I can think that you are mistaken, but I have to be ready to give my life to maintain your right to make mistakes. I have to, though, have the right to say that you're mistaken. This is the principal of the liberal society.
The past was more Christian? At times perhaps, in others, though, no.
John Paul II, above all, managed to contain the huge mass of frustration, of hate that had accumulated in that region, in favour of a peaceful transition. This was, without doubt, something that changed European history.
If you search for poverty, you'll find it, often in the family. Why? Because the family makes this great investment, from which we all benefit, but for which no-one helps. We have to point the spotlight on the family, and make political choices that sustain the family.
On the other hand, I think that the family, the traditional family, has a fundamental social role, because it's there that children are born and the investment in children is the greatest investment a country can make. The benefits of this investment go to everyone.
The family exists in order to allow women to have children and to have the protection of a male who takes care of them.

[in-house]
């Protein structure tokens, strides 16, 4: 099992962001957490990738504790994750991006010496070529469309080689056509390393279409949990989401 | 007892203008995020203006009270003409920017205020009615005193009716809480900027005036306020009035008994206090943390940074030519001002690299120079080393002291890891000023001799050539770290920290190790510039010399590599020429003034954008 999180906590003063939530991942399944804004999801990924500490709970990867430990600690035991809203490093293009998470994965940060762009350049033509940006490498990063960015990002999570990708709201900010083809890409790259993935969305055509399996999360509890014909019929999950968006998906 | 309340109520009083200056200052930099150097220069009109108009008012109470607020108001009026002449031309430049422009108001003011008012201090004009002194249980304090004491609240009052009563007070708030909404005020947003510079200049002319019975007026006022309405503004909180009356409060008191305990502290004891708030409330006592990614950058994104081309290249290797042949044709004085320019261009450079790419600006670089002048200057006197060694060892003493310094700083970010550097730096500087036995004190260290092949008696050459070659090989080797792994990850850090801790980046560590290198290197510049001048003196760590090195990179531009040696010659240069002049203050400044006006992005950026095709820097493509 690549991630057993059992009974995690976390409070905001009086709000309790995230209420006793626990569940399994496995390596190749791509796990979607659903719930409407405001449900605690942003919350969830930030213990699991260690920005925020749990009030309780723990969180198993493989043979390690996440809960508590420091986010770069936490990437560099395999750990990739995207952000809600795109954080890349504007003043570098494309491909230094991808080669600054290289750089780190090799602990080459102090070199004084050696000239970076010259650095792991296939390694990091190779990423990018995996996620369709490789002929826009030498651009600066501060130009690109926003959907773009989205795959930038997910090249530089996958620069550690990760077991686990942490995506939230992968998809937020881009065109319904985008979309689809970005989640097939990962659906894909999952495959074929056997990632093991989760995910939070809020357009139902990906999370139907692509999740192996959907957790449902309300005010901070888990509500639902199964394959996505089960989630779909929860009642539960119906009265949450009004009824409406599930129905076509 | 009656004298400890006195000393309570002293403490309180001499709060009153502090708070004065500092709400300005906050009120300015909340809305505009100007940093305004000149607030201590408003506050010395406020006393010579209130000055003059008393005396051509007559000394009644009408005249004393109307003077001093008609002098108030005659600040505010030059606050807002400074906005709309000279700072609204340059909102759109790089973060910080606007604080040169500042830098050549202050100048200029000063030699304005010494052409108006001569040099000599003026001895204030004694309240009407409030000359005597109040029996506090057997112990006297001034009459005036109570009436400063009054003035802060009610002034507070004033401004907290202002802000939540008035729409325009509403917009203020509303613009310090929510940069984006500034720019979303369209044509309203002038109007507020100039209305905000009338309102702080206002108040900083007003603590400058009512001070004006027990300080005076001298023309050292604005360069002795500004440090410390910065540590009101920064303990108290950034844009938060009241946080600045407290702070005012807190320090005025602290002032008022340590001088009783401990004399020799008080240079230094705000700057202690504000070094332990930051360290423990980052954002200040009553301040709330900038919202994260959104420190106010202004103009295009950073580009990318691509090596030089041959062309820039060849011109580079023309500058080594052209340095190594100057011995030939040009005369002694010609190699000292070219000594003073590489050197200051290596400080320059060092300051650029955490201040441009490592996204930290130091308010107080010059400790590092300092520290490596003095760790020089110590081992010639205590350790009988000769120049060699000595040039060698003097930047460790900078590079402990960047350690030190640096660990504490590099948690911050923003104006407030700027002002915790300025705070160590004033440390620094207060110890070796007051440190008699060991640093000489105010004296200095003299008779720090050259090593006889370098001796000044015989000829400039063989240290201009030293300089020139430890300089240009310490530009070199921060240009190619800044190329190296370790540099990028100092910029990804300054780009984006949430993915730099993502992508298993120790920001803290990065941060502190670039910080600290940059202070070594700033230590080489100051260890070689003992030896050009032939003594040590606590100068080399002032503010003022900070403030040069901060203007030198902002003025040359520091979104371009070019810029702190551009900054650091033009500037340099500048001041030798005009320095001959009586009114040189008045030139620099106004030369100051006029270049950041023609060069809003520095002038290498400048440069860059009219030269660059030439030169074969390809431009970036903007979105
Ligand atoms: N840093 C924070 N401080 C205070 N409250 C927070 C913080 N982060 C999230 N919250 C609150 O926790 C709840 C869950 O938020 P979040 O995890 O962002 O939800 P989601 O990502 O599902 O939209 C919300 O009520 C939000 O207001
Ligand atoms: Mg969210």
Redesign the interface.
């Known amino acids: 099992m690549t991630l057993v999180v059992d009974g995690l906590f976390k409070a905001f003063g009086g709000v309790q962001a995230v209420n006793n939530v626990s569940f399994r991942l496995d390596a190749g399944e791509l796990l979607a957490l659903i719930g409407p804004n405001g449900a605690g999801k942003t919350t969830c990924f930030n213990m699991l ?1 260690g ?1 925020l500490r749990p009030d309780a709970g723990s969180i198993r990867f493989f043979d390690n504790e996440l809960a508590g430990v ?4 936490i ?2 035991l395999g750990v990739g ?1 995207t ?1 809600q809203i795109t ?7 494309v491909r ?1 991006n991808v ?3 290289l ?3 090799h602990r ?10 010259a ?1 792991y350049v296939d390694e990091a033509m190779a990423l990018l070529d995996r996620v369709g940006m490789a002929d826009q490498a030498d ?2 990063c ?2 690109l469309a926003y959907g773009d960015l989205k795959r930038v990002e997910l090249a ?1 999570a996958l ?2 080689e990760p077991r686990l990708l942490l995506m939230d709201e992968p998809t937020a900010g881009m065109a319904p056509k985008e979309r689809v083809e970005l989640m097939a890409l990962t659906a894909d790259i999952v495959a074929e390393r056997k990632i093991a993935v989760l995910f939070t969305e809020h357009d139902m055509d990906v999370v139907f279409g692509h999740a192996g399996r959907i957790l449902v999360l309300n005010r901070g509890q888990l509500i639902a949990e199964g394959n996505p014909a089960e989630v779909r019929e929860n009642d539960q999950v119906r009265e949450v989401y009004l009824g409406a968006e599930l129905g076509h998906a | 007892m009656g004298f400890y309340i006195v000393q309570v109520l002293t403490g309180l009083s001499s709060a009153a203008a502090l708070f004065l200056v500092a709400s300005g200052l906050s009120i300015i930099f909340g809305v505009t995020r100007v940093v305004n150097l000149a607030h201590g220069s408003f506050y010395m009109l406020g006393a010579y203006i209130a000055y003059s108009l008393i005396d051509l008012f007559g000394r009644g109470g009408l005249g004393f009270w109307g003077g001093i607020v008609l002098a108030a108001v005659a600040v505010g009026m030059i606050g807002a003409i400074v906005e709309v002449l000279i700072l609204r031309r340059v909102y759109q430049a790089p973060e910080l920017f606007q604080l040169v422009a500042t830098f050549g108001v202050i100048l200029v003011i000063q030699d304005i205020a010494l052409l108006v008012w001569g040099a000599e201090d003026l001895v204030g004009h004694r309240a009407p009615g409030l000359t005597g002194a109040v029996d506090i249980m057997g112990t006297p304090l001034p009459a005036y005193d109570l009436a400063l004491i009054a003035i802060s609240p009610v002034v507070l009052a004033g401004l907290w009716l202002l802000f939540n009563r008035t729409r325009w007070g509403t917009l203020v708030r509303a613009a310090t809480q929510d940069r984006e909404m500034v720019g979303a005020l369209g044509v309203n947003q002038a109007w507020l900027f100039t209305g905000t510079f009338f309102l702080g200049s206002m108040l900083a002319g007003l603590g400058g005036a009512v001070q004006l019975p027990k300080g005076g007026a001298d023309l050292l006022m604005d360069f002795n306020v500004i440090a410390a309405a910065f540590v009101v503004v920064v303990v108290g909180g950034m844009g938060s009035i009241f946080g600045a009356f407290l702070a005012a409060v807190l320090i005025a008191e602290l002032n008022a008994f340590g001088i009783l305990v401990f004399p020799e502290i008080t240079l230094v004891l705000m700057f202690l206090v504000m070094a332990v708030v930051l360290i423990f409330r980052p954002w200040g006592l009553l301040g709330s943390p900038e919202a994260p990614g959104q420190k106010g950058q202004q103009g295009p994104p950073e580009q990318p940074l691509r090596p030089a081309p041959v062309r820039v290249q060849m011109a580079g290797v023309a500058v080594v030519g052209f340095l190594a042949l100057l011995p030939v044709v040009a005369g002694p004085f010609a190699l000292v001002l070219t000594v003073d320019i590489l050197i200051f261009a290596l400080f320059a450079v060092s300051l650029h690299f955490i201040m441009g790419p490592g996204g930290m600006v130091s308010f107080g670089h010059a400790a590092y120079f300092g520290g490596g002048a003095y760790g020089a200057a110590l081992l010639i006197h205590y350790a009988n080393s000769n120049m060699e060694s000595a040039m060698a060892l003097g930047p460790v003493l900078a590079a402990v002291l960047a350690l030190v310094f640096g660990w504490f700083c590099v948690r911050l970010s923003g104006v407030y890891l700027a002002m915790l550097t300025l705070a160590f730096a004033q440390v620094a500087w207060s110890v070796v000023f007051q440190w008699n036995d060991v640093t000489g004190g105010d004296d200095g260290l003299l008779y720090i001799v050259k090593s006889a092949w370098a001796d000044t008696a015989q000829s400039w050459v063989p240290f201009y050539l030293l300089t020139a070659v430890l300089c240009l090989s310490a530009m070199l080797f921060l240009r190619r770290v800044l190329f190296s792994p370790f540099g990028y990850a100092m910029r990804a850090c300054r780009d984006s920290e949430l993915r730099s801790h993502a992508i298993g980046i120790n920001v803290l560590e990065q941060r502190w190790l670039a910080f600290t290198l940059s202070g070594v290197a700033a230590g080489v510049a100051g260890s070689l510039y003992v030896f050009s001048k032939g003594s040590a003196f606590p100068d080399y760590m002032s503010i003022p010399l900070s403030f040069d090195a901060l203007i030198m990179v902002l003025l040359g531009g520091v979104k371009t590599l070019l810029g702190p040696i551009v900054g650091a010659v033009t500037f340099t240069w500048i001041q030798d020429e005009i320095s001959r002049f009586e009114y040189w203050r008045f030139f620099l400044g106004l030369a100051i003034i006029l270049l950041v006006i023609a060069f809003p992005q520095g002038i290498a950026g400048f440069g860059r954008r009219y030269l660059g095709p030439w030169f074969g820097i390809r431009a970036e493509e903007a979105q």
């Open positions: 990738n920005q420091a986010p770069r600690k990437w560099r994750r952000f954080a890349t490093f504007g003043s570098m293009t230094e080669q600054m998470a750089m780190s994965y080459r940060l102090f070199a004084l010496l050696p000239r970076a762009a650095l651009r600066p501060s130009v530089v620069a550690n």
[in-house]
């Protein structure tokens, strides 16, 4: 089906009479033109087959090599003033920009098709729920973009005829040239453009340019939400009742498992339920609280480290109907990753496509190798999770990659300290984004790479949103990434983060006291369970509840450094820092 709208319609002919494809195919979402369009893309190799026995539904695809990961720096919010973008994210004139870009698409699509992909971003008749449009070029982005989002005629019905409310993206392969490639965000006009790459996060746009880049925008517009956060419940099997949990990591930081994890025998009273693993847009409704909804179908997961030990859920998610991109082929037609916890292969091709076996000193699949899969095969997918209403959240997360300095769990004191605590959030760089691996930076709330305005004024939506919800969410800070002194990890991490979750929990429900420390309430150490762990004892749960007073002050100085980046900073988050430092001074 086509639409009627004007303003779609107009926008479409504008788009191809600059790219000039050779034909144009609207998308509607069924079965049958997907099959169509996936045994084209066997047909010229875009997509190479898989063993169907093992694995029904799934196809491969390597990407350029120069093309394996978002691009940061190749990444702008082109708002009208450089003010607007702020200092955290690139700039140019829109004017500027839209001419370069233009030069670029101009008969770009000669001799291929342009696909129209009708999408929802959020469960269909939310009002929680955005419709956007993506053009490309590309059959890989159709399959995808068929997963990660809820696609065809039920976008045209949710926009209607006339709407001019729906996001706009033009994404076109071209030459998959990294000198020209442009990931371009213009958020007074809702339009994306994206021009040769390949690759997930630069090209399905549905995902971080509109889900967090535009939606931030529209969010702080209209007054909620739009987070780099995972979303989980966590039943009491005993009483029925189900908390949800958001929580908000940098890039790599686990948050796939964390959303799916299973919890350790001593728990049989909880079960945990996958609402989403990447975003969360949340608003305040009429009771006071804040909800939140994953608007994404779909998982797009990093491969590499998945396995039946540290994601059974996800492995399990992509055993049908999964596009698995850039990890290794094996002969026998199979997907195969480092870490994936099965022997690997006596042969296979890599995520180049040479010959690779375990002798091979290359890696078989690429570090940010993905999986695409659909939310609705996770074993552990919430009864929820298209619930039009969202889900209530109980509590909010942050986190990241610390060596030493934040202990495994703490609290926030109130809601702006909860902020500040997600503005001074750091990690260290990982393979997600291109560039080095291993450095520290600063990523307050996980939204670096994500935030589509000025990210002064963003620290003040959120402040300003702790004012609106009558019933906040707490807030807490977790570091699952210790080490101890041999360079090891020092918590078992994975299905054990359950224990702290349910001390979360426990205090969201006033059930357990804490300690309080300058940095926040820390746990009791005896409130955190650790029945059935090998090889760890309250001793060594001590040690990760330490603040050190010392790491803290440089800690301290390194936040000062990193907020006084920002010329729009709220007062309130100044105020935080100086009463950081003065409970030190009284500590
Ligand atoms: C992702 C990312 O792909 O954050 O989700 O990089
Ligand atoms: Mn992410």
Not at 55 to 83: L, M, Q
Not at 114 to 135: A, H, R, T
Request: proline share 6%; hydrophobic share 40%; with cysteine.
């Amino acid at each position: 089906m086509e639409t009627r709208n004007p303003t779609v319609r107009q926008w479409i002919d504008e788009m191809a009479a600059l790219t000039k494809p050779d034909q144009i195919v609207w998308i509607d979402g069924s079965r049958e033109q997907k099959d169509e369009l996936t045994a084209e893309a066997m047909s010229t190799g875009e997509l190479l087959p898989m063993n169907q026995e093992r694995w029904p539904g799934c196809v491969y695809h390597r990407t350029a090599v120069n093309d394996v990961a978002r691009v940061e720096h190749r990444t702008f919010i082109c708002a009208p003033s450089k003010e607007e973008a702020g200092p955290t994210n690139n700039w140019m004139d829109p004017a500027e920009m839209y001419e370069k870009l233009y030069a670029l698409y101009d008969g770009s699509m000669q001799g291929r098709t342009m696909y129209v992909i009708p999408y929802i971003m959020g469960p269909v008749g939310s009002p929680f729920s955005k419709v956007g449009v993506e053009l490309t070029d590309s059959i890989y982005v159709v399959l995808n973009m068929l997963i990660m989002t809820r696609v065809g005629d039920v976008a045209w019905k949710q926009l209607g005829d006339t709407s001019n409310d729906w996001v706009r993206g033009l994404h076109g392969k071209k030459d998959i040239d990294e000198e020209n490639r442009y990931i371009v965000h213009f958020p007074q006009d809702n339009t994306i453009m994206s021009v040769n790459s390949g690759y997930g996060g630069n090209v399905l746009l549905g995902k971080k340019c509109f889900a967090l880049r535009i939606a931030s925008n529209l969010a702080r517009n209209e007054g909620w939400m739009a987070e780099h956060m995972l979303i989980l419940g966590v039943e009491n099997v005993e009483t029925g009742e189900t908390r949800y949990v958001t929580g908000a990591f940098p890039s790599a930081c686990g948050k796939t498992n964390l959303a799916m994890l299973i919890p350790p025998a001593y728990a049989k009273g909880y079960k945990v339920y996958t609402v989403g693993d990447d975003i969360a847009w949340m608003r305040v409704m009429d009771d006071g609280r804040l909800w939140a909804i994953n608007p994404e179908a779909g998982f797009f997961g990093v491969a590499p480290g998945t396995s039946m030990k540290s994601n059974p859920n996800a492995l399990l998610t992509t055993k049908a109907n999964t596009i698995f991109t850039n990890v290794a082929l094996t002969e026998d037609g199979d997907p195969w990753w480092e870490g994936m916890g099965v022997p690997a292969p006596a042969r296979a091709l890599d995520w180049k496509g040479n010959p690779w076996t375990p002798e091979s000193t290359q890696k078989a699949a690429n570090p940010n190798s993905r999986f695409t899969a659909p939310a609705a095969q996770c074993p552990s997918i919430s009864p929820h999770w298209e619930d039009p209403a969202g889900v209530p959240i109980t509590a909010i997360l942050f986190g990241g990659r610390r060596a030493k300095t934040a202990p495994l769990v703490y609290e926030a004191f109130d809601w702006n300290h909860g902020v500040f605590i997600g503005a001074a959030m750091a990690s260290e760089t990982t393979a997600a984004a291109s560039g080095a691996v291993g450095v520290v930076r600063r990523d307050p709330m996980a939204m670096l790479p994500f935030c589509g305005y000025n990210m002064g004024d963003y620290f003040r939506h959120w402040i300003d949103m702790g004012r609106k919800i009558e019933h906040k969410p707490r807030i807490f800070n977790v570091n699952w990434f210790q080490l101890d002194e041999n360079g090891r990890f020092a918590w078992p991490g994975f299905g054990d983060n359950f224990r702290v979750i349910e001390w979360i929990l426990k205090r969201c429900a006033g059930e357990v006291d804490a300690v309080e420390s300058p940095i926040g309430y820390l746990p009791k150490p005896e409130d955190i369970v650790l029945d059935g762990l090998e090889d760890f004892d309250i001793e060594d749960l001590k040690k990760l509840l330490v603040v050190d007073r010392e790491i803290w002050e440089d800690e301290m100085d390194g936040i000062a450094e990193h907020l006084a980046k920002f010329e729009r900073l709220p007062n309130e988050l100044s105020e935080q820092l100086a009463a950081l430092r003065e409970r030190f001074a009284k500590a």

The family has a social function and so it should be sustained.
One needs to know what the hierarchy of values are from which one takes inspiration, and in a democratic society this is the subject of continuous democratic debate.
Relativism should be confronted where it damages fundamental human rights, because we're not relativists if we believe that the human being should be at the centre of society and the rights of every human being should be respected.
The new soft totalitarianism that is advancing on the left wants to have a state religion It is an atheist, nihilistic religion - but it is a religion that is obligatory for all.
That's possible, and in fact the legislation, the politics should graduate the advantages towards those who have children and give less to those who don't have children.
For Europe, the fall of Communism has to be taken into account, and the fact that in the fight against Communism the recovery of Europe's Christian roots was the driving force.
I support non-discrimination for homosexuals, but I think, or at least I have the right to think - without saying whether I think it or not - I have the right to think, along with the catechism of the Catholic Church, that homosexuality is morally wrong.
Priests have to have the right to say that a sin is a sin.
No, moral conscience is one thing, the law is another. We have to hold onto this difference.